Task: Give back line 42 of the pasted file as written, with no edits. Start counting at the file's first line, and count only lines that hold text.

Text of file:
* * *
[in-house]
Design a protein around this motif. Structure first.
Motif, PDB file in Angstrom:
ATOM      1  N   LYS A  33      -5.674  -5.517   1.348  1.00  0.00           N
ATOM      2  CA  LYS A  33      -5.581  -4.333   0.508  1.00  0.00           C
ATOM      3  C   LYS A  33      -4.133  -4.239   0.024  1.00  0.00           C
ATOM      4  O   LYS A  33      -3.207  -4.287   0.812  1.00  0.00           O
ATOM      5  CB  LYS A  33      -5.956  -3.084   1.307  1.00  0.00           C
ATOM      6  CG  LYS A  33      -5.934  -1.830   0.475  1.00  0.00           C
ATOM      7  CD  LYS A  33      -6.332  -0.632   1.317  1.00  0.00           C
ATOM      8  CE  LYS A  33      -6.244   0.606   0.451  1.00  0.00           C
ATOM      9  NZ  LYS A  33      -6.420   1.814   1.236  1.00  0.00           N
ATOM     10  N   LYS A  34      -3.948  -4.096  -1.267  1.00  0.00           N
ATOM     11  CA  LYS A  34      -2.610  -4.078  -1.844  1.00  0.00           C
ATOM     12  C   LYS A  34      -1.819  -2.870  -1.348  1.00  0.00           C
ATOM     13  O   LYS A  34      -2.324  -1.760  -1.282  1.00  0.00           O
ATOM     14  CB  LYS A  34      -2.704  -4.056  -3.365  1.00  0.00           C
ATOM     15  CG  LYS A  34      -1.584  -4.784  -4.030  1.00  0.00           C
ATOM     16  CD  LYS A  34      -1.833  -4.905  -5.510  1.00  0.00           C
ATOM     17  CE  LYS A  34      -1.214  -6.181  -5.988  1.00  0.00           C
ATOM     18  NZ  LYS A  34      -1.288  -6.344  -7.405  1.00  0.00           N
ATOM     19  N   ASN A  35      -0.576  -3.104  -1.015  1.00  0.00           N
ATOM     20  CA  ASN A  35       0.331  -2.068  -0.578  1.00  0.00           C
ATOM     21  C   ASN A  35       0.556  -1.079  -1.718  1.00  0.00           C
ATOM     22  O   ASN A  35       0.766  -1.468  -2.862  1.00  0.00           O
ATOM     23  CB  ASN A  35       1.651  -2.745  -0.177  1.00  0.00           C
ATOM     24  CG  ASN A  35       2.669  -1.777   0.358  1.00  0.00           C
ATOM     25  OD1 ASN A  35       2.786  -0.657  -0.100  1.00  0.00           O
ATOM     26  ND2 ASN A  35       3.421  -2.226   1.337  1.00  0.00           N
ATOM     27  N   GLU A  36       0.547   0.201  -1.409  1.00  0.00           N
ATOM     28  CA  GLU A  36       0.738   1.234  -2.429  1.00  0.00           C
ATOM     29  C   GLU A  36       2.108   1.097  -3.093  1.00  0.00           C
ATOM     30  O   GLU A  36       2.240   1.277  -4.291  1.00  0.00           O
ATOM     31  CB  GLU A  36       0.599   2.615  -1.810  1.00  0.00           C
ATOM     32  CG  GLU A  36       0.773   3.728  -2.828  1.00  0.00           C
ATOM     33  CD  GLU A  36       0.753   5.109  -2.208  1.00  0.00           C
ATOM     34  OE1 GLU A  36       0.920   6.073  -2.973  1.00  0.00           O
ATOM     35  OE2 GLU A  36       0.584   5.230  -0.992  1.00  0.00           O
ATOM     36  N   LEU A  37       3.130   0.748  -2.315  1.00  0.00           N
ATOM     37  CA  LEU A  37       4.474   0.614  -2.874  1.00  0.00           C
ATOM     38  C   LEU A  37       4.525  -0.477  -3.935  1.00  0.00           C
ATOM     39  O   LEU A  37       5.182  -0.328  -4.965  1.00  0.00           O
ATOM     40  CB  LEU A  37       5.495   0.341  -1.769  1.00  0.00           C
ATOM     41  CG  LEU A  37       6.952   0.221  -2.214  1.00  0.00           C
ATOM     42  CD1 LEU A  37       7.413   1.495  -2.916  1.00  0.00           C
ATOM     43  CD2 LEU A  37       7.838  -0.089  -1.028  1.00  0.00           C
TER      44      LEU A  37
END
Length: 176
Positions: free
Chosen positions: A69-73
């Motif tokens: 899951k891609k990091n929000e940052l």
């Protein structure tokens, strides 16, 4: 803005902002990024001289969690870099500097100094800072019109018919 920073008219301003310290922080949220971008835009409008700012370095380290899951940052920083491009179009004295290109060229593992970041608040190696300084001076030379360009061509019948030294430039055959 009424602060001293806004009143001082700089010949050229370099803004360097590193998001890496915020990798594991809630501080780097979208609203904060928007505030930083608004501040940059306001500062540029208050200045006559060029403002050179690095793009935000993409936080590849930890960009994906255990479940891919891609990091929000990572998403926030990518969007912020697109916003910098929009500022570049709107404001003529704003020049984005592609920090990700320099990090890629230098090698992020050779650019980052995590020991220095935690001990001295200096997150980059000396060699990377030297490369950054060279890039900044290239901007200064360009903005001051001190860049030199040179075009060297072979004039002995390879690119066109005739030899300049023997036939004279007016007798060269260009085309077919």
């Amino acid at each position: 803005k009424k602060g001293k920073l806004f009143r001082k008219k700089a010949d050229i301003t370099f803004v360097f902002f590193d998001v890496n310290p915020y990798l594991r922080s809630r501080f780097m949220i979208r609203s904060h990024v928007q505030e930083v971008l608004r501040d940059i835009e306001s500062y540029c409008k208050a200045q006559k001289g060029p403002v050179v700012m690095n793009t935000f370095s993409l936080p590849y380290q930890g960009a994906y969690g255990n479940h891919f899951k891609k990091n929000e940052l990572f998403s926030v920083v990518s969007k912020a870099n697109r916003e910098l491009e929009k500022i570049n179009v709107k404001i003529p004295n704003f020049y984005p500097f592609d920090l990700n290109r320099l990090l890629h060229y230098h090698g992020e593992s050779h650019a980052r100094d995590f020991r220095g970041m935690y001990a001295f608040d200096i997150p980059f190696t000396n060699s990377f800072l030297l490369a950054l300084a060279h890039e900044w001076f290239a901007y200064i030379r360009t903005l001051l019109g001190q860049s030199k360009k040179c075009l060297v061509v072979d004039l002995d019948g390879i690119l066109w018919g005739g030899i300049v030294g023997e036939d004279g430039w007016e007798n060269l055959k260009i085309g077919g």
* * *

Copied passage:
ATOM     39  O   LEU A  37       5.182  -0.328  -4.965  1.00  0.00           O